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ERIC Number: EJ1168791
Record Type: Journal
Publication Date: 2018-Feb
Pages: 25
Abstractor: As Provided
ISSN: ISSN-0141-1926
Which Tier? Effects of Linear Assessment and Student Characteristics on GCSE Entry Decisions
Vitello, Sylvia; Crawford, Cara
British Educational Research Journal, v44 n1 p94-118 Feb 2018
In England, students obtain General Certificate of Secondary Education (GCSE) qualifications, typically at age 16. Certain GCSEs are tiered; students take either higher-level (higher tier) or lower-level (foundation tier) exams, which may have different educational, career and psychological consequences. In particular, foundation tier entry, if inappropriate, risks capping students' achievement because of the restricted range of attainable grades and reduced learning that may occur. Tiering decisions may be affected by other aspects of the education system in which they take place, such as by the timing of assessment. The move to linear assessment in 2012 provided a unique opportunity to compare tiering decisions for the same GCSE specifications when taken in a linear system, where students are exclusively assessed at the end of the course, with tiering decisions in a modular system, where students are assessed at different time points. Multilevel logistic regression was used to examine students' likelihood of being entered for the foundation tiers of GCSEs in science, language and mathematics in two exam sessions: June 2013, which allowed modular assessment, and June 2014, which required linear assessment. The analyses also investigated whether these effects depended on student characteristics. Results showed that foundation tier entry was less likely in the linear than modular system for GCSEs in science and languages, but more likely forĀ one mathematics GCSE. This pattern contrasts with concerns that linear assessment may encourage general risk-aversion, and instead indicates that effects on tiering decisions are more complicated, varying by subject and student factors.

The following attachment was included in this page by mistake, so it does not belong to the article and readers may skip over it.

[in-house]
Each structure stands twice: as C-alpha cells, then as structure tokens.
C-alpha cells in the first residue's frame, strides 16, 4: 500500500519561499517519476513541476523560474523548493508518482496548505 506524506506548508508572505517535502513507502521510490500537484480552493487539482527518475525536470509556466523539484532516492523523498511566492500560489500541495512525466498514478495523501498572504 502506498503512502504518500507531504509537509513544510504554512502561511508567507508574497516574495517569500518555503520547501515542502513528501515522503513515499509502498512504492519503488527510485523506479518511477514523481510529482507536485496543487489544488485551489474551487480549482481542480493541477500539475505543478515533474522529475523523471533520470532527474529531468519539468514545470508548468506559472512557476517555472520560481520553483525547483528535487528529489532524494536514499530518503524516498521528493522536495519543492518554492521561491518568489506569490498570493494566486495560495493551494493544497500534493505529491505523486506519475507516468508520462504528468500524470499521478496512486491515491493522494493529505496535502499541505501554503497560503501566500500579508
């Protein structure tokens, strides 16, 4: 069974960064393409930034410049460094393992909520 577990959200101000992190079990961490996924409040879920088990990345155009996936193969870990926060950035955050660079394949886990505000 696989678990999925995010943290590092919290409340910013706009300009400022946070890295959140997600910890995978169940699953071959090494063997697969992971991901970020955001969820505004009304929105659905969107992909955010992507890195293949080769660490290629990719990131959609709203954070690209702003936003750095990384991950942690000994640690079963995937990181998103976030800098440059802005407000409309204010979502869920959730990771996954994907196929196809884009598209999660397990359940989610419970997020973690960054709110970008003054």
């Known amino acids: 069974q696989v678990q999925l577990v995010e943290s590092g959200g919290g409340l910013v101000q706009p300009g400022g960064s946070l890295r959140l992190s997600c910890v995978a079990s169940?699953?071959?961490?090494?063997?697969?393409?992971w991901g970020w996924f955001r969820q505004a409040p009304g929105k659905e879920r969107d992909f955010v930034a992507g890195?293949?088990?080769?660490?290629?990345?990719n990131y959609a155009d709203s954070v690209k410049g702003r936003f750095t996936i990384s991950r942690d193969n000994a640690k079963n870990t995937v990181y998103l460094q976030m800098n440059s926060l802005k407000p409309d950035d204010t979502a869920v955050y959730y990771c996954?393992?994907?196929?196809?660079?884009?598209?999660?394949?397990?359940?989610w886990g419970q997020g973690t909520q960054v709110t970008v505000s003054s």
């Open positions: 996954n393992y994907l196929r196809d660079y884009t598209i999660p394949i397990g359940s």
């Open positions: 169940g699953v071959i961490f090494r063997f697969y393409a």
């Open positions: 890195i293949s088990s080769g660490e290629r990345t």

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Publication Type: Journal Articles; Reports - Research
Education Level: Secondary Education
Audience: N/A
Language: English
Sponsor: N/A
Authoring Institution: N/A
Identifiers - Location: United Kingdom (England)
Grant or Contract Numbers: N/A